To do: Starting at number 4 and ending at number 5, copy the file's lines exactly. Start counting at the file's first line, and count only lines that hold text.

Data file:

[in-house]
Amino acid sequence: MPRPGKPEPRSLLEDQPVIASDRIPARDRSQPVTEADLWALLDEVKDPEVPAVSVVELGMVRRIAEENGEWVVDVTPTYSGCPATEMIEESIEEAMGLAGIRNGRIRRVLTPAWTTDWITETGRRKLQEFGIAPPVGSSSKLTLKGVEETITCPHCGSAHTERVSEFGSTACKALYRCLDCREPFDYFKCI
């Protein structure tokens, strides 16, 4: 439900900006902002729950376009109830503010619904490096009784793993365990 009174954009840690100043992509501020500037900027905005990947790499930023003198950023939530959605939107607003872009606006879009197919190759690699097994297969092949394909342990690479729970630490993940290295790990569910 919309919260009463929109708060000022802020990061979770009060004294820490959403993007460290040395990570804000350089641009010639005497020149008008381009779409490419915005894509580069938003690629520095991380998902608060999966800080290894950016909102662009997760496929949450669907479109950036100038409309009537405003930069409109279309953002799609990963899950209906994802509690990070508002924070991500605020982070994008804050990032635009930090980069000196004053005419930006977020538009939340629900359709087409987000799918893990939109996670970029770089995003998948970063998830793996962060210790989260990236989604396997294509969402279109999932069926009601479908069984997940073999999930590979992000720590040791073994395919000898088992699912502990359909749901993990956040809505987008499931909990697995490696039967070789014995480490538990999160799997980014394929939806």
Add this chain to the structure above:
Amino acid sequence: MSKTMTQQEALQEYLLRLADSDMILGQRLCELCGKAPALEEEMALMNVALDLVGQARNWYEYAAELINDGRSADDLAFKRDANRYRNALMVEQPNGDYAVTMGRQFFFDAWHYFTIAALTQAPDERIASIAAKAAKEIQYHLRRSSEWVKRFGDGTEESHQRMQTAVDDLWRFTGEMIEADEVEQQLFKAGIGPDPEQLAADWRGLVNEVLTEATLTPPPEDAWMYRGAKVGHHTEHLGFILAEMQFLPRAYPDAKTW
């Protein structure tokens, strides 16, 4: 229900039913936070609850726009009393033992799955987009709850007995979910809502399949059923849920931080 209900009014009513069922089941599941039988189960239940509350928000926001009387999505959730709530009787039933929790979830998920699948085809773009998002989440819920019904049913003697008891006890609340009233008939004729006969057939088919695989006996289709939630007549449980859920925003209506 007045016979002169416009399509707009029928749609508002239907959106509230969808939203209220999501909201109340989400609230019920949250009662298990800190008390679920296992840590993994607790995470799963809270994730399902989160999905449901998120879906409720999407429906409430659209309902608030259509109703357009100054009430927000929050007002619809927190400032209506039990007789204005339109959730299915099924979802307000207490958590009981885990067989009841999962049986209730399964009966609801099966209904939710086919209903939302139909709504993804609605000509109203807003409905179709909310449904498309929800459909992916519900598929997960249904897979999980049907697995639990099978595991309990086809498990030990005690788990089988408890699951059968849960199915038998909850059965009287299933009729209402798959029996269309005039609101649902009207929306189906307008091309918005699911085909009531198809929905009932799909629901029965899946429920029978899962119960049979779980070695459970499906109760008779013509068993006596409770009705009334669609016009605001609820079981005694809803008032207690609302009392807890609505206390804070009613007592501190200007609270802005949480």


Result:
Add this chain to the structure above:
Amino acid sequence: MSKTMTQQEALQEYLLRLADSDMILGQRLCELCGKAPALEEEMALMNVALDLVGQARNWYEYAAELINDGRSADDLAFKRDANRYRNALMVEQPNGDYAVTMGRQFFFDAWHYFTIAALTQAPDERIASIAAKAAKEIQYHLRRSSEWVKRFGDGTEESHQRMQTAVDDLWRFTGEMIEADEVEQQLFKAGIGPDPEQLAADWRGLVNEVLTEATLTPPPEDAWMYRGAKVGHHTEHLGFILAEMQFLPRAYPDAKTW